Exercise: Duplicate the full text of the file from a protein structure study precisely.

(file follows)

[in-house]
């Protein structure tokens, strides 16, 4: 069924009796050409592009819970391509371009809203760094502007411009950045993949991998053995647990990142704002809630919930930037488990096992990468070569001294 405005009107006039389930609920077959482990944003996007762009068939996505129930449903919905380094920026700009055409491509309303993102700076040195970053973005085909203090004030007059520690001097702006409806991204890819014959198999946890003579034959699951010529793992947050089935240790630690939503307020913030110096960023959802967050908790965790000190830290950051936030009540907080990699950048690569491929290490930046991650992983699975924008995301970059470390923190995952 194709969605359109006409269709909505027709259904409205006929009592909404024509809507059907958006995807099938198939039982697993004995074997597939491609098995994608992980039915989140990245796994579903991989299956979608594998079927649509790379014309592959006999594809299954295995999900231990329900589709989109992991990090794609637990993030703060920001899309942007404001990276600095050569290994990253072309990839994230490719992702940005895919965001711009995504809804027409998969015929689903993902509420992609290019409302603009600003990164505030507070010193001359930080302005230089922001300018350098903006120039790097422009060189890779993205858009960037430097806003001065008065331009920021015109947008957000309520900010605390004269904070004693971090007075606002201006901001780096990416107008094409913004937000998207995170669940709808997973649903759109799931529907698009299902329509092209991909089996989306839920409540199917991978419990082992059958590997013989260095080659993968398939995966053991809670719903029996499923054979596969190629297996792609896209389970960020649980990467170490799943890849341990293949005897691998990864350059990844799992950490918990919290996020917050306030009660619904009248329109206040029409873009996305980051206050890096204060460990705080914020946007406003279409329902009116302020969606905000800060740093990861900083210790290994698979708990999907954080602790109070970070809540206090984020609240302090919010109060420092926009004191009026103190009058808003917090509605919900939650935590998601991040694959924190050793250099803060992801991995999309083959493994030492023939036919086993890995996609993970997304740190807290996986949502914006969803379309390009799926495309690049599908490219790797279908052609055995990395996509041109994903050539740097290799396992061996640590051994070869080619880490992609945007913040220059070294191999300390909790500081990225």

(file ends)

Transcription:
[in-house]
């Protein structure tokens, strides 16, 4: 069924009796050409592009819970391509371009809203760094502007411009950045993949991998053995647990990142704002809630919930930037488990096992990468070569001294 405005009107006039389930609920077959482990944003996007762009068939996505129930449903919905380094920026700009055409491509309303993102700076040195970053973005085909203090004030007059520690001097702006409806991204890819014959198999946890003579034959699951010529793992947050089935240790630690939503307020913030110096960023959802967050908790965790000190830290950051936030009540907080990699950048690569491929290490930046991650992983699975924008995301970059470390923190995952 194709969605359109006409269709909505027709259904409205006929009592909404024509809507059907958006995807099938198939039982697993004995074997597939491609098995994608992980039915989140990245796994579903991989299956979608594998079927649509790379014309592959006999594809299954295995999900231990329900589709989109992991990090794609637990993030703060920001899309942007404001990276600095050569290994990253072309990839994230490719992702940005895919965001711009995504809804027409998969015929689903993902509420992609290019409302603009600003990164505030507070010193001359930080302005230089922001300018350098903006120039790097422009060189890779993205858009960037430097806003001065008065331009920021015109947008957000309520900010605390004269904070004693971090007075606002201006901001780096990416107008094409913004937000998207995170669940709808997973649903759109799931529907698009299902329509092209991909089996989306839920409540199917991978419990082992059958590997013989260095080659993968398939995966053991809670719903029996499923054979596969190629297996792609896209389970960020649980990467170490799943890849341990293949005897691998990864350059990844799992950490918990919290996020917050306030009660619904009248329109206040029409873009996305980051206050890096204060460990705080914020946007406003279409329902009116302020969606905000800060740093990861900083210790290994698979708990999907954080602790109070970070809540206090984020609240302090919010109060420092926009004191009026103190009058808003917090509605919900939650935590998601991040694959924190050793250099803060992801991995999309083959493994030492023939036919086993890995996609993970997304740190807290996986949502914006969803379309390009799926495309690049599908490219790797279908052609055995990395996509041109994903050539740097290799396992061996640590051994070869080619880490992609945007913040220059070294191999300390909790500081990225």